Inncreasing its mission on countering terrorism around the world by hunting down some of the remaining top Al-Qaeda members, the United States this week officially announced $33 million dollars has been earmarked for those who aid in the hunt of several top Somali al-Shabaab officials. What is more interesting, however, is who is not included on the list.
The men listed are the top leveled individuals in Al-Qaeda’s Somalia wing – al-Shabaab aligned with Al-Qaeda in February of this year – which opposes the Transitional Federal Government (TFG) and the presence of African Union peacekeepers of (AMISOM) in the country.
These wanted men on the Rewards for Justice list include Mukhtaar Abuu Zubeyr formerly known as Ahmed Godane (aka) Ahmed Abdi Aw-Mohamed, the leader of al-Shabaab, Mukhtaar Robow Ali Abuu Mansoor, Fuad Mohamed Khalaf Shongole, Ibrahim Haji Jama, Ahmed Abdi Aw-Mohamed, Bashir Mohamed Mahamoud, Zakariya Ismail Ahmed Hersi, and Abdullahi Yare. Other senior members, however, are not named in the US list, such as a radicalist leader Hassan Dahir Aweys.
In a joint analysis lead by Somalia Report, Professor Yahyeh Sheikh Amir, an analyst in Mogadishu, explains the recent move by the US.
“This is not first time for the US to hunt Al-Qaeda leaders throughout the world. It has already conducted targeted drone strikes against senior members of al-Shabaab movement in Somalia,” he said.
“But now the use of reward money might mean it is possible to affect the future of these guys. You know they have had quite a bit of freedom in Somalia, the men on the list and the foreign fighters, however this is a new game. With American focus on Somalia and their own political game, their announcement on rewards should help a little in the pursuit of Somali’s Al-Qaeda key players,” added the analyst.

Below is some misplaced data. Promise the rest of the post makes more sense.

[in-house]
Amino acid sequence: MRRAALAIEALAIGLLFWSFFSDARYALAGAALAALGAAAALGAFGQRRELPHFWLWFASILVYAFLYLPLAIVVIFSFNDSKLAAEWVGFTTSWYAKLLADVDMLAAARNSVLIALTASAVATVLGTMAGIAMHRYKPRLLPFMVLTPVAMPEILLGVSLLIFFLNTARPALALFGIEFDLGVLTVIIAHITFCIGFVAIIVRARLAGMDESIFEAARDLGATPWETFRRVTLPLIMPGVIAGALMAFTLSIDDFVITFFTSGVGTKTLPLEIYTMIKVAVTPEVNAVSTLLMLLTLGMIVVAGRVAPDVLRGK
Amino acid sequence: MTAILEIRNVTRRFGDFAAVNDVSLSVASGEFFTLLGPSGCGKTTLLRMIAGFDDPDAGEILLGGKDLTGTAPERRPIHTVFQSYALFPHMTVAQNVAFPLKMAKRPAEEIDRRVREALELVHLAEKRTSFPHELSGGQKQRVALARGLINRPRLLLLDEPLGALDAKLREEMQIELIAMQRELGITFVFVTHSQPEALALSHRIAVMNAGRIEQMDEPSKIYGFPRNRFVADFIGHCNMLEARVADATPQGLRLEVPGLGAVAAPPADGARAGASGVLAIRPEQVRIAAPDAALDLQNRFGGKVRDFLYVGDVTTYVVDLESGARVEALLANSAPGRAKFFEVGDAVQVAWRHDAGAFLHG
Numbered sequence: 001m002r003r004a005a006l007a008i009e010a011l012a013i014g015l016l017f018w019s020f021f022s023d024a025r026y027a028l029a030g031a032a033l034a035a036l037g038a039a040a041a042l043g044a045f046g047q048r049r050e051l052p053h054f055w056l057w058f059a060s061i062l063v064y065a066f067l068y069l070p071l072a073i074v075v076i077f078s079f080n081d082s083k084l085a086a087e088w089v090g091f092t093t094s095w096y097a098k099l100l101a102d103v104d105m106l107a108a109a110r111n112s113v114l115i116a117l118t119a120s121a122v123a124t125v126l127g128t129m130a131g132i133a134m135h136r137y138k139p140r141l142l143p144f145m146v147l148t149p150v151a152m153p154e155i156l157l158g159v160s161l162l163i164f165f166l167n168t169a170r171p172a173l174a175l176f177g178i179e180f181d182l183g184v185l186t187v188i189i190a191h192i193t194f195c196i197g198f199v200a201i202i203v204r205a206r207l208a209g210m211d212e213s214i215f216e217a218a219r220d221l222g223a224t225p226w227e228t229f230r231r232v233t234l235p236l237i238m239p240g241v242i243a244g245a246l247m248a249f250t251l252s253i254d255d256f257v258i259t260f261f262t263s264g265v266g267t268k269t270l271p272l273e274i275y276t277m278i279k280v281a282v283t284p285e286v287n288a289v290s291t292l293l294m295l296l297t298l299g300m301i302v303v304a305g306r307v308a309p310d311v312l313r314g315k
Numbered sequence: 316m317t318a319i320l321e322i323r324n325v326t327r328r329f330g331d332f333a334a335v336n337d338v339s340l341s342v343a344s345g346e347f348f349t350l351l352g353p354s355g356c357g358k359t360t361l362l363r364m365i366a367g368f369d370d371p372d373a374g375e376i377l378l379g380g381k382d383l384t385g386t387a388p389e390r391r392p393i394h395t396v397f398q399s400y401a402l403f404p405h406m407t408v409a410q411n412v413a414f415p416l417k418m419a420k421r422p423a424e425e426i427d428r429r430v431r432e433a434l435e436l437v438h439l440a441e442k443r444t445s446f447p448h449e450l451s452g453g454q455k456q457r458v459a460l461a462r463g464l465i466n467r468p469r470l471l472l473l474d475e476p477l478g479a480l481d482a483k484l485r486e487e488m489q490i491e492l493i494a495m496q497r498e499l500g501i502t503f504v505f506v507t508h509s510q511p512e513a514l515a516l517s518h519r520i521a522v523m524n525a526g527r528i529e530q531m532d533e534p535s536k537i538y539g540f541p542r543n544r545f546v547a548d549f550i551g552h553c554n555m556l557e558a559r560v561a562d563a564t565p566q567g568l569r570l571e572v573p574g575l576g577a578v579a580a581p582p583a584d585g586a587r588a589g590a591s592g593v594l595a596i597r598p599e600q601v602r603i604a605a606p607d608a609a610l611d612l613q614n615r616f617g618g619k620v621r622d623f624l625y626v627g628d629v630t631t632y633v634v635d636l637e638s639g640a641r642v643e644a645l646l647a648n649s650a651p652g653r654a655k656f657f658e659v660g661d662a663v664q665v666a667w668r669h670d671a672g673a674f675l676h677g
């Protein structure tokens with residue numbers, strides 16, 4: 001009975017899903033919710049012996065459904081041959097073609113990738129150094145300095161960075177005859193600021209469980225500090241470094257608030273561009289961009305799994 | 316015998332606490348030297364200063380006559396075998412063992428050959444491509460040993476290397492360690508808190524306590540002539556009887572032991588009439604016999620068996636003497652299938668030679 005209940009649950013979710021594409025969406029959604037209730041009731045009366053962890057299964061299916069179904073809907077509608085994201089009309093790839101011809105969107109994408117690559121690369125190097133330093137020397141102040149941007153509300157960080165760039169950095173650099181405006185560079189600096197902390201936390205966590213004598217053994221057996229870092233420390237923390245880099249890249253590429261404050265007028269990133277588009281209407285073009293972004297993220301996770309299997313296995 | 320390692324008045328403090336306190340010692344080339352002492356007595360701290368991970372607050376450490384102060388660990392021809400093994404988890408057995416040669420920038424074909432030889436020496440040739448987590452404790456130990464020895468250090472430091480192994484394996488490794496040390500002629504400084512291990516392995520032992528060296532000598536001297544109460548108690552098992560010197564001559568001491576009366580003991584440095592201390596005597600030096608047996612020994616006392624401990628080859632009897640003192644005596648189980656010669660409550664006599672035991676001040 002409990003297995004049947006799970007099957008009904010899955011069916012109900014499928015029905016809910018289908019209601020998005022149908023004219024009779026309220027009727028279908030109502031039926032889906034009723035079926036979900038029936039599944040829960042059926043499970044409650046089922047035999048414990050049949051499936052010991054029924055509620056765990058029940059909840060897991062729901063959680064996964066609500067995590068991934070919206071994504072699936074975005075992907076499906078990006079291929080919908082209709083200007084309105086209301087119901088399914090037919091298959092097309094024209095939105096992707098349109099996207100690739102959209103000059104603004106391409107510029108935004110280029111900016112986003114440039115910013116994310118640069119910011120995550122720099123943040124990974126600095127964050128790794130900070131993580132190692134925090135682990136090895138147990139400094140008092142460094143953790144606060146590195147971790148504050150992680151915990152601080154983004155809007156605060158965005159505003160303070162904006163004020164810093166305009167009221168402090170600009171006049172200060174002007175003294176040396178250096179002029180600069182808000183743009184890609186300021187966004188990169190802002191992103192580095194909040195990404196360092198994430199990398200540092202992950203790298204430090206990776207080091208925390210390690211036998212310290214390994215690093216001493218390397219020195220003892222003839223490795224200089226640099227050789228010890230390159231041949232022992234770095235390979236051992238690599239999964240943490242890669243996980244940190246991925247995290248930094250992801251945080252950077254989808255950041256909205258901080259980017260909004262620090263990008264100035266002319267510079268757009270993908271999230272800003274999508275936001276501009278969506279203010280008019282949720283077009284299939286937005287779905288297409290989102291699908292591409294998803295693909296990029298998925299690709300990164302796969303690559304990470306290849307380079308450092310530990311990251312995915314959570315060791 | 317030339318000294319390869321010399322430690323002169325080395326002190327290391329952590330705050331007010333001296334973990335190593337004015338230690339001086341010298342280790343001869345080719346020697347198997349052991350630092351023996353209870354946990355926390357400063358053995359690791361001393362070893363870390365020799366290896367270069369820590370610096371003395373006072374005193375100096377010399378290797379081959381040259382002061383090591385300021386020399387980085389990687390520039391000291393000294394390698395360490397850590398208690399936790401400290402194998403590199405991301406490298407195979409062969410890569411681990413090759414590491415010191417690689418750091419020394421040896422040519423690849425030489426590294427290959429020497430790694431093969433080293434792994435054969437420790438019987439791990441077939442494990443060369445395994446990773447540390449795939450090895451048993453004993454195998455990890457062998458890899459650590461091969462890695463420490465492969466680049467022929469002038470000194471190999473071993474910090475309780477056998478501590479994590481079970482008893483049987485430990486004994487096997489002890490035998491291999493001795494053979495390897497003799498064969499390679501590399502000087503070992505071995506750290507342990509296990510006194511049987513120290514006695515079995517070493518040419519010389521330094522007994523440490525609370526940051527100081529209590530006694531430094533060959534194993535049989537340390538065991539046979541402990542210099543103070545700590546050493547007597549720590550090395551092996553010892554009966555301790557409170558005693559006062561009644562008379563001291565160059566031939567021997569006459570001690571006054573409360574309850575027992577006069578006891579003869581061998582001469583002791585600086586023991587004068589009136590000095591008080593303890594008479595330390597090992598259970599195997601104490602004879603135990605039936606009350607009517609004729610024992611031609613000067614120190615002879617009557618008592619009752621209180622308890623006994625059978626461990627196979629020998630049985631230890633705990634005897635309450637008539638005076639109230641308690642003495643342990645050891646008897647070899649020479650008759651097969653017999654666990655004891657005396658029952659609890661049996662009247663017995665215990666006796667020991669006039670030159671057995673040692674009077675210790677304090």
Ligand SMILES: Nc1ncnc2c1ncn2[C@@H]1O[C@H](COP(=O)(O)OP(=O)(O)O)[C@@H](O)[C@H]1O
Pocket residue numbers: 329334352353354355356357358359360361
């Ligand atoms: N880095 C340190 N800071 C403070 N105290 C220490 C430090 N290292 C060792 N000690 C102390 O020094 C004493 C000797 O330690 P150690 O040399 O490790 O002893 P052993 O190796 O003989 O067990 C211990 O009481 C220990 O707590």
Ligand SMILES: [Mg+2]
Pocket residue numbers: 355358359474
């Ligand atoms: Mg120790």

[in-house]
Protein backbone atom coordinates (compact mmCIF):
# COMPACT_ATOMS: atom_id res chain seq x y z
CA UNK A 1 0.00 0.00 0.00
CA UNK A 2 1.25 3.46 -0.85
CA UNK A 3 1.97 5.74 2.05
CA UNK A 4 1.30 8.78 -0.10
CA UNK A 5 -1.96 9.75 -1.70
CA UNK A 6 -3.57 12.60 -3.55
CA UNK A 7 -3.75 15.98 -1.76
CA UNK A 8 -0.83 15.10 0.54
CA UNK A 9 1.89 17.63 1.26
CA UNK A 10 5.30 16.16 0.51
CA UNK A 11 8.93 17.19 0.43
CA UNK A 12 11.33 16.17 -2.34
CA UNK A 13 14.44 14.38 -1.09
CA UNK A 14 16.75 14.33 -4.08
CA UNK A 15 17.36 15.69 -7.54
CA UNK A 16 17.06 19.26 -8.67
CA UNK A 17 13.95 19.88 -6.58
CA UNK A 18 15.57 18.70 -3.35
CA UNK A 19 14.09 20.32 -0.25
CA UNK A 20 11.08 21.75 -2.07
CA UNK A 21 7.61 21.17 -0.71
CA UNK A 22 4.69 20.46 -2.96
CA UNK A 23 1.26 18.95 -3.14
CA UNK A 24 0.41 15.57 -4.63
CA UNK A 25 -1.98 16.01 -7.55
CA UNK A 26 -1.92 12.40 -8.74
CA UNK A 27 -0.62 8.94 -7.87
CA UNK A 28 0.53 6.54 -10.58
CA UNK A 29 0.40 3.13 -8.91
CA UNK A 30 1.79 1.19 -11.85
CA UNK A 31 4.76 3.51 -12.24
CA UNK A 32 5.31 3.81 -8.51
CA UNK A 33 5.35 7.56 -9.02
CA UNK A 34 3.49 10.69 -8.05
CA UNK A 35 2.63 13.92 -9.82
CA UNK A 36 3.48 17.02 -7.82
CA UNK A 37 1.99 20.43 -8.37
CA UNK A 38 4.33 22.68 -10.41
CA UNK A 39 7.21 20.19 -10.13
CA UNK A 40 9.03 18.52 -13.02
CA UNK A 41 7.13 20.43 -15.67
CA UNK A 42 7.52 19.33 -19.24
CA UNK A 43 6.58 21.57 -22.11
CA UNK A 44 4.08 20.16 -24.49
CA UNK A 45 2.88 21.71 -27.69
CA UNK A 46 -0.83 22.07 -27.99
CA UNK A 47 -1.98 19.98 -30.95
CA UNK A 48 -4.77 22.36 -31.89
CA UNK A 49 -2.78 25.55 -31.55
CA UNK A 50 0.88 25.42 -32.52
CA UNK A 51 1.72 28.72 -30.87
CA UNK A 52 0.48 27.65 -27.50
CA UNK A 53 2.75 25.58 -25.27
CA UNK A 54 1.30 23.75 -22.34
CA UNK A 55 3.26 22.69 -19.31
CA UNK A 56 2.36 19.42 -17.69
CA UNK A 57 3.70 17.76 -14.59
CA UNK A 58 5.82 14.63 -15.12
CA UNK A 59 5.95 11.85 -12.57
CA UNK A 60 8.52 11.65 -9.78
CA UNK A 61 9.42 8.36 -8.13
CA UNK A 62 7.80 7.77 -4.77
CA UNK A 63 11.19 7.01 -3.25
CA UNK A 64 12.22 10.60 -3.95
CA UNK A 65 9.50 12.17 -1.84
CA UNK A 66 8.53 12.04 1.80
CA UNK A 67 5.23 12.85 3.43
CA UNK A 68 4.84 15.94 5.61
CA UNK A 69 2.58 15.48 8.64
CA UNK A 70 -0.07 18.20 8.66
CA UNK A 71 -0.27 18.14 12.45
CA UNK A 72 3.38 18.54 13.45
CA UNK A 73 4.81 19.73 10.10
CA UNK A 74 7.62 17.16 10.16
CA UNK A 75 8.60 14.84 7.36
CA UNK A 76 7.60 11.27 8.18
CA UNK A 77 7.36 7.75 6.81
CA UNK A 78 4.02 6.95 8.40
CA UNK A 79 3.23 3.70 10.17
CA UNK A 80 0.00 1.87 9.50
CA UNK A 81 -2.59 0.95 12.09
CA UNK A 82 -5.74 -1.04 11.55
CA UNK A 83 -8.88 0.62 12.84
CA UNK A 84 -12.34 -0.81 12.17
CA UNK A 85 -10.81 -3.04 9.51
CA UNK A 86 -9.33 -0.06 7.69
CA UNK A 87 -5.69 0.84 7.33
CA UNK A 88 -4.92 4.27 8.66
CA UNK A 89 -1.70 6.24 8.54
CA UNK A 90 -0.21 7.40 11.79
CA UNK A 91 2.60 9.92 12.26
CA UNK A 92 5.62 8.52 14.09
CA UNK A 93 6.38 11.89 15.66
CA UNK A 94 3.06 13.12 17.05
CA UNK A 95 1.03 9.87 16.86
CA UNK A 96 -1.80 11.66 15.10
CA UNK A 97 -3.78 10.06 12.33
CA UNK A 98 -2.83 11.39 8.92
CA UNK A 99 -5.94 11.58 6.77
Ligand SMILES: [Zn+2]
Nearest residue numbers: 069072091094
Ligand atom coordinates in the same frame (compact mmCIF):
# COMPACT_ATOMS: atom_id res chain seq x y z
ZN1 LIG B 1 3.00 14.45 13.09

The professor explained there are two possible reasons why the US government would offer the rewards now.
“I do understand the US government was looking for an opening to pursue the heads of al-Shabaab. Now that they are fleeing from many regions and losing ground, perhaps the the leaders know the end is in sight and they are fugitives. There is nowhere that they would choose to seek asylum unless they have a pre-arranged secret haven or an ‘out’. The other reason that US is now hunting these men might be the recent threats from the group to target Nairobi’s tall buildings out of revenge for Kenya’s incursion into the Somalia,” Yahyeh said.
Al-Shabaab has been losing both credibility and the structure of its organizational power following allied advances in the south.
“Al-Shabaab instituted sharia law, which are like dictatorial orders against the civilians, and that was a clear point in the end of their presence in large swaths of southern Somalia,” Said Mohamed Farah Dulyar, a Somalia veteran journalist, who wrote more about Islamist militants and their role in Somalia.
“First of all two things must be considered: the award money may lead the men to keep fighting. Once they know they are not safe, what do they have to lose? The other issue is that the news will intensify the suspicion among the officials. It would be better if the US would use this money to force these men to renounce terror,” added the journalist.
As millions of dollars in reward money is offered to pay for the information leading to their arrest, speculation abounds on their whereabouts. Some reports claim the top leaders fled by boat for Yemen while others argue the suspects are re-grouping in their last remaining stronghold, the port city of Kismayo.
Godane rarely appears publicly or in the press and moves around often, according to an al-Shabaab official in Mogadishu who spoke anonymously to Somalia Report.
“Ahmed (Godane) usually covers and hides his face. He does not allow photos to be taken of him. He never sleeps in the same place twice. Sometimes he wears female dresses to hide himself,” the source said.